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ISSN 0008-3194 (p)/ISSN 1715-6181 (e)/2014/170183/$2.

00/JCCA 2014

The origin, and application of somatosensory


evoked potentials as a neurophysiological
technique to investigate neuroplasticity
Steven R. Passmore, DC, PhD1,2,3,4
Bernadette Murphy, DC, PhD4
Timothy D. Lee, PhD1

Somatosensory evoked potentionals (SEPs) can be used


to elucidate differences in cortical activity associated
with a spinal manipulation (SM) intervention. The
purpose of this narrative review is to overview the
origin and application of SEPs, a neurophysiological
technique to investigate neuroplasticity. Summaries
of: 1) parameters for SEP generation and waveform
recording; 2) SEP peak nomenclature, interpretation and
generators; 3) peaks pertaining to tactile information
processing (relevant to both chiropractic and other
manual therapies); 4) utilization and application of
SEPs; 5) SEPs concurrent with an experimental task and
at baseline/control/pretest; 6) SEPs pain studies; and
7) SEPs design (pre/post) and neural reorganization/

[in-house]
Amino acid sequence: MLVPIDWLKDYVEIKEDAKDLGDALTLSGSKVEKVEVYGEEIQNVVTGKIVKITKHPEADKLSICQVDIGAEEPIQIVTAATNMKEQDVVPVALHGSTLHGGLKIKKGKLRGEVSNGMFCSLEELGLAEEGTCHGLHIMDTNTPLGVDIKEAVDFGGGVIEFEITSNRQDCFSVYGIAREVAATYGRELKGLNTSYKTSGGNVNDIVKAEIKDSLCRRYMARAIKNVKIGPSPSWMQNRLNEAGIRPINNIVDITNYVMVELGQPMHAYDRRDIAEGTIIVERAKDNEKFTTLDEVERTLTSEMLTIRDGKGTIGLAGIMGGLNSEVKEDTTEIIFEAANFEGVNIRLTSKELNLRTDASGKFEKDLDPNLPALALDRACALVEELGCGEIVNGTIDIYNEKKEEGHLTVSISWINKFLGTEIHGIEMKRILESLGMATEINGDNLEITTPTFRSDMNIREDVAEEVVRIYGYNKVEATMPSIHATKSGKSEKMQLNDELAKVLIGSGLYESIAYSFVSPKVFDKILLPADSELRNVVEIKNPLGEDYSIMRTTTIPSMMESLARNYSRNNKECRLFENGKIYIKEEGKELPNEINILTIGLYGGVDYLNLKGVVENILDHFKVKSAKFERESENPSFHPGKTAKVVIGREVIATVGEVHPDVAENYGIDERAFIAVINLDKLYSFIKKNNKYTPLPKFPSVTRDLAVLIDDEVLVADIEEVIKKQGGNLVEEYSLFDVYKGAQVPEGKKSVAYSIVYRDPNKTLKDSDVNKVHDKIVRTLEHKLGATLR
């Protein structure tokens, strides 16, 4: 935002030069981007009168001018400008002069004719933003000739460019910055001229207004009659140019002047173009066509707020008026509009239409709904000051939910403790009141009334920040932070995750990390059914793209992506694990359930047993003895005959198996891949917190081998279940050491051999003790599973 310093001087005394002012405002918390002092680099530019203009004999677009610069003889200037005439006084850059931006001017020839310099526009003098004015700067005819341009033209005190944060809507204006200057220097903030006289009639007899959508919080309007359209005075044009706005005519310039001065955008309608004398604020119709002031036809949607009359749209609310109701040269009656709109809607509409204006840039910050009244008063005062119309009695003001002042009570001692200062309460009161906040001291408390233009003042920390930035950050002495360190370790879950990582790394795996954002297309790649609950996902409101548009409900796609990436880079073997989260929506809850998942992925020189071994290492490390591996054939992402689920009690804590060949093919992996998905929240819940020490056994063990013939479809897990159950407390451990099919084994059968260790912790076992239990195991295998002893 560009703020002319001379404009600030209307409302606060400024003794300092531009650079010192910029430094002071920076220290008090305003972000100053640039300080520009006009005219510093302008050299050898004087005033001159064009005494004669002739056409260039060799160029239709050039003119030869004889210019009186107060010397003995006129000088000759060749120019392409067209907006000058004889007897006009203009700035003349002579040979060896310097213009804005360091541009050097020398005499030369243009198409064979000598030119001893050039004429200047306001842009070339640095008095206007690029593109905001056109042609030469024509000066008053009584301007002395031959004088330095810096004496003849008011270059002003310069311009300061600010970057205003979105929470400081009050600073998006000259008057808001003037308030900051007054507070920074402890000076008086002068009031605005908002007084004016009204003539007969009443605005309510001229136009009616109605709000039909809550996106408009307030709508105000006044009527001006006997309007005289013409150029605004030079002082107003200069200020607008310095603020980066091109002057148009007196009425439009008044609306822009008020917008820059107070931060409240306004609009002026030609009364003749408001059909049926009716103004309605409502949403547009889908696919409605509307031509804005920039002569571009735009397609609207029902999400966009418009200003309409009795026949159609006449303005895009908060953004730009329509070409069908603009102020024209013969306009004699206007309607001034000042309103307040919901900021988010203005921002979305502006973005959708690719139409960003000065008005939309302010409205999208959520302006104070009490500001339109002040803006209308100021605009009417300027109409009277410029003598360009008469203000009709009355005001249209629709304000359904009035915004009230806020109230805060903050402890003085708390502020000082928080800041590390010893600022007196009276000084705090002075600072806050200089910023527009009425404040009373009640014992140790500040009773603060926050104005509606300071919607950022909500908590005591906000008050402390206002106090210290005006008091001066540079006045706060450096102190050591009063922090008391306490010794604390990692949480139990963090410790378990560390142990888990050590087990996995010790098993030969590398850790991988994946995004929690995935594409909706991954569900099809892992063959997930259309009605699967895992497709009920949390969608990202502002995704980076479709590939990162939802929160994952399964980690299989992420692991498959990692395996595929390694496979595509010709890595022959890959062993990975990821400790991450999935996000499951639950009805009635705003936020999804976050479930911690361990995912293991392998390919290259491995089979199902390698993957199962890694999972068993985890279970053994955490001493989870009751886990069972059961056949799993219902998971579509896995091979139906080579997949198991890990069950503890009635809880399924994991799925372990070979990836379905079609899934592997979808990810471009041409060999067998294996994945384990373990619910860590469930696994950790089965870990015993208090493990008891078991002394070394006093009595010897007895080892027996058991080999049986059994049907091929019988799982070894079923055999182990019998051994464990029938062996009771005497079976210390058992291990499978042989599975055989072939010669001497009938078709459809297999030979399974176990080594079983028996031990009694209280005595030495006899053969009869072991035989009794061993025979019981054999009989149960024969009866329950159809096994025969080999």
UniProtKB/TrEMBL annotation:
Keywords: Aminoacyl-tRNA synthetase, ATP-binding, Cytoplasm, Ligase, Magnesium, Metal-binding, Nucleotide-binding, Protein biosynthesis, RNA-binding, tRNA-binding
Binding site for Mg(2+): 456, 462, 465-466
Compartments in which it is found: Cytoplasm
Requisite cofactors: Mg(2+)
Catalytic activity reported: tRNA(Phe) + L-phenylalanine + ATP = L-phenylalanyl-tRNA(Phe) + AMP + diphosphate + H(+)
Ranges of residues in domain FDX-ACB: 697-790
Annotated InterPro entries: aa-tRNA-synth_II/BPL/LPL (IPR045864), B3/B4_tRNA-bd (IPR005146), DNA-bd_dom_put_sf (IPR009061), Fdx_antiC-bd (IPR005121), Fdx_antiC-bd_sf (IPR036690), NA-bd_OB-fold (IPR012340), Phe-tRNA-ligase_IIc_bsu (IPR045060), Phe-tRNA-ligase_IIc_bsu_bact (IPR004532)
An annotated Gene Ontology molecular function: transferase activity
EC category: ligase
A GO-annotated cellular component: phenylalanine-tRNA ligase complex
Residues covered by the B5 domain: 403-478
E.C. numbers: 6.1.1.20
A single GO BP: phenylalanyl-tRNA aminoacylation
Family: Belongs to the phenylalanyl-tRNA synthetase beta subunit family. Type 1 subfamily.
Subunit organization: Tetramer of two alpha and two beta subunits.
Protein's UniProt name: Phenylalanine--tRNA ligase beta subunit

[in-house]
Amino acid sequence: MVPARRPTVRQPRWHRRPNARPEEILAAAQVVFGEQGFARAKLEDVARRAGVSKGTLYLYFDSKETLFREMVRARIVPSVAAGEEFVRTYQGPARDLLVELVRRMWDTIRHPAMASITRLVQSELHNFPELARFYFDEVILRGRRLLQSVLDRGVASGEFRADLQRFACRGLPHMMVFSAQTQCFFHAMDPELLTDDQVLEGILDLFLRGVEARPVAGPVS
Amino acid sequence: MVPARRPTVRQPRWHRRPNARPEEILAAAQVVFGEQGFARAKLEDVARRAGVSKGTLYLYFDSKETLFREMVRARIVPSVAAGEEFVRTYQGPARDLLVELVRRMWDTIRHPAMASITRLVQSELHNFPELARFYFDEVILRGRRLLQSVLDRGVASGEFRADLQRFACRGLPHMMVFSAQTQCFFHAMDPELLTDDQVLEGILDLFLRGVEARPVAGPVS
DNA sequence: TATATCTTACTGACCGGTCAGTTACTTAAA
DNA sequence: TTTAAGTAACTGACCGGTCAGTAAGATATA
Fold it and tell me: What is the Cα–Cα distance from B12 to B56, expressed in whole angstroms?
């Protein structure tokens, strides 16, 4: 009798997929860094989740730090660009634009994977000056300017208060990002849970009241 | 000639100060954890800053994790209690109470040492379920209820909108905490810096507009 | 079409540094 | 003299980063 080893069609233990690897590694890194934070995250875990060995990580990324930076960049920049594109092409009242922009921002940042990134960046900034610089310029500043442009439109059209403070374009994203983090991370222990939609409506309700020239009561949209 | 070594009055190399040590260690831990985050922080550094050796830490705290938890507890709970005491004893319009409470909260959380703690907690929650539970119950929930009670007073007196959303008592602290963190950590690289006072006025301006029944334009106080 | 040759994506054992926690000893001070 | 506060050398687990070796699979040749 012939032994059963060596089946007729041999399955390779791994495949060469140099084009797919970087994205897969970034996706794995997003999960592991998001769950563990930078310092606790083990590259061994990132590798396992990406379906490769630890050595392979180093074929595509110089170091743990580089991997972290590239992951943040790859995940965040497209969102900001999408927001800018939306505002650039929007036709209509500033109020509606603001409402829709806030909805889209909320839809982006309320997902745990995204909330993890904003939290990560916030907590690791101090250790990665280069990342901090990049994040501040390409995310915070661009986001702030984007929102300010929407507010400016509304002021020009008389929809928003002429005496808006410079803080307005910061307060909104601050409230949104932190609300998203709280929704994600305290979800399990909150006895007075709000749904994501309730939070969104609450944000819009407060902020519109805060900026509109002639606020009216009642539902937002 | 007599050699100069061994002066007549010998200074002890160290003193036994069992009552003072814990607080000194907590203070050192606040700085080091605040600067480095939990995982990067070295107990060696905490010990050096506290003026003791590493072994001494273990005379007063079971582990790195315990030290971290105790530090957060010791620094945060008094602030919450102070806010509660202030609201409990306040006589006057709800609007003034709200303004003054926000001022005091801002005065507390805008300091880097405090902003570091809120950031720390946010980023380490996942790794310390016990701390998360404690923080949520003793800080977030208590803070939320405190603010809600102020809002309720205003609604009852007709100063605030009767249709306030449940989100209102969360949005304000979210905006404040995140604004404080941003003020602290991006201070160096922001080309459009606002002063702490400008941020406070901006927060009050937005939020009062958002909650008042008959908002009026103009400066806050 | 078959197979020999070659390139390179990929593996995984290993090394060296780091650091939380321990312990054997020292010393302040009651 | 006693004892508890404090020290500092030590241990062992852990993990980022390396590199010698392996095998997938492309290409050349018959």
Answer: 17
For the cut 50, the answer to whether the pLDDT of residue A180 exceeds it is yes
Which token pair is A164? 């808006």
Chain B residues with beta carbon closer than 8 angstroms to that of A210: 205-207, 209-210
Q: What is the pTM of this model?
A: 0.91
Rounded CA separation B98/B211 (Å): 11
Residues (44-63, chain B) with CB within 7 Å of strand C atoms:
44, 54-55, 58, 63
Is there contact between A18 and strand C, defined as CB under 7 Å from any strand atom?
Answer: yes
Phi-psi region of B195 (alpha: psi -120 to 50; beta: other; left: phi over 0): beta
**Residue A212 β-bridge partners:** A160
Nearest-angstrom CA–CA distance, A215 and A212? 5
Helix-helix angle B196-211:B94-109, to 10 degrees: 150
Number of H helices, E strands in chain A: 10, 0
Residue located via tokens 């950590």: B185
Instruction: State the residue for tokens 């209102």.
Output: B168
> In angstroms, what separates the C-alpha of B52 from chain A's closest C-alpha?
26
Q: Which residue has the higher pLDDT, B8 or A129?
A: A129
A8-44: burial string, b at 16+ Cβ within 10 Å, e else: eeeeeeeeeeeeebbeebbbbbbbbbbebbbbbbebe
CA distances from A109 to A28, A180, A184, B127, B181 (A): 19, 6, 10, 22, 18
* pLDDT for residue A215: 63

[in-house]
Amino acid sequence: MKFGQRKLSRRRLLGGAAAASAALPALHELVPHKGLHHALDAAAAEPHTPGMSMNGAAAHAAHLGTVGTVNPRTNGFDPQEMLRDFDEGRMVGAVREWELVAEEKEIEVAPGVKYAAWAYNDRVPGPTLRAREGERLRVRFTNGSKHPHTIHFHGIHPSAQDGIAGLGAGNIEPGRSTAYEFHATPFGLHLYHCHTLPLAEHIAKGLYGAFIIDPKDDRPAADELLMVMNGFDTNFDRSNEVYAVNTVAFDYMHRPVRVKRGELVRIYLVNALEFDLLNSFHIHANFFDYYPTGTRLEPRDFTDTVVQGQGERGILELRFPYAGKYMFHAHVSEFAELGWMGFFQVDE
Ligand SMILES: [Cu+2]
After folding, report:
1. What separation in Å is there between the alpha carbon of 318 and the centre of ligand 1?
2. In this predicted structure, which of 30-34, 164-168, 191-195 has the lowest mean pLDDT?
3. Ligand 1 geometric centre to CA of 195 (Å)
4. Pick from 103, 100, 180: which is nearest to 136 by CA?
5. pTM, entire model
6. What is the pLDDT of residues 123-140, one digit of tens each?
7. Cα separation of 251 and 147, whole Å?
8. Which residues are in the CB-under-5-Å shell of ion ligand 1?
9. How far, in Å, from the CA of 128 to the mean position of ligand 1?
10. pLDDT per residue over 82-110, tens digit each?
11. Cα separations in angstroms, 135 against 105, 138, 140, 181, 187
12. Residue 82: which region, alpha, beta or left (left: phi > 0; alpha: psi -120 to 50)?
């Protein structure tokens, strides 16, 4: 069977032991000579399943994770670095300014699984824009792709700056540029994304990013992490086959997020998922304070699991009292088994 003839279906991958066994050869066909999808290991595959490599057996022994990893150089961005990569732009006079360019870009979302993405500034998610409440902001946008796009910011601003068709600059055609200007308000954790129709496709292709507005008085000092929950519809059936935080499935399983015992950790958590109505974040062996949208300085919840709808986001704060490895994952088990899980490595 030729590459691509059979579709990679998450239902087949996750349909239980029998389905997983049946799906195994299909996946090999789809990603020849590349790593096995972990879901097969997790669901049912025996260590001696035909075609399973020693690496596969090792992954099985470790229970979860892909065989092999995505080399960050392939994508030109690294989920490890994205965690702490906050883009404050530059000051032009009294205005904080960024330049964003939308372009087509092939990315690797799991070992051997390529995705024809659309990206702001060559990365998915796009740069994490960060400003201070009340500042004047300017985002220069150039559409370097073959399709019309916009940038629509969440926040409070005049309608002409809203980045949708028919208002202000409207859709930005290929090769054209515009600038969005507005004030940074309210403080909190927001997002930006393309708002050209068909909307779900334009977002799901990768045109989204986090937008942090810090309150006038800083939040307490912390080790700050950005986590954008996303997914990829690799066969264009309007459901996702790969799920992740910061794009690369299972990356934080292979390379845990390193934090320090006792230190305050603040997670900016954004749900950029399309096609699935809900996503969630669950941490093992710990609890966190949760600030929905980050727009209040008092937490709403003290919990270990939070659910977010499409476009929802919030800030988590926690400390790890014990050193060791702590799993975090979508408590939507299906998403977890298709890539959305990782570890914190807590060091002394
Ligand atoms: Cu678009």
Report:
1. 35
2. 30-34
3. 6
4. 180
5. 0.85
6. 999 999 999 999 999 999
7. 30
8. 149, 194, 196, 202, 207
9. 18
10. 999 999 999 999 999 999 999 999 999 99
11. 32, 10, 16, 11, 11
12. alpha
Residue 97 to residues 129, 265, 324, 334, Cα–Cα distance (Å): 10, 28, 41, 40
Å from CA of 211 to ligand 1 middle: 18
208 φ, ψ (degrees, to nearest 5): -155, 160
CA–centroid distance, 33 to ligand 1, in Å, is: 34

neuroplasticity; and 8) SEPs and future chiropractic

Les potentiels voqus somesthsiques (PES) peuvent


servir lucider les diffrences dans lactivit
corticale lie une manipulation vertbrale (MV).
La prsente revue narrative a pour objet de donner
un aperu de lorigine et de lapplication des PES,
une technique neurophysiologique servant tudier
la neuroplasticit. Les sujets suivants feront lobjet de
rsums: 1) paramtres pour la gnration de PES et
lenregistrement des formes dondes; 2) nomenclature,
interprtation et gnrateurs du point maximum de
PES; 3) points maximums relatifs au traitement de
linformation tactile (pertinent pour la chiropratique
et les autres thrapies manuelles); 4) lutilisation et
lapplication des PES; 5) PES en mme temps quune
tche exprimentale et au point de rfrence/prtest;
6) les PES et les tudes sur la douleur; 7) conception
des PES (pr/post) et rorganisation neuronale/
neuroplasticit; 8) les PES et la recherche future en
chiropratique. Comprendre ce que sont les PES ainsi

McMaster University
University of Manitoba
3
New York Chiropractic College
4
University of Ontario, Institute of Technology
1
2

Corresponding Author Address: Steven Passmore, School of Medical Rehabilitation, University of Manitoba,
R106-771 McDermot Avenue, Winnipeg, Manitoba, Canada, R3E 0T6
e-mail: passmore@cc.umanitoba.ca
telephone: (204) 787-1899
JCCA 2014
170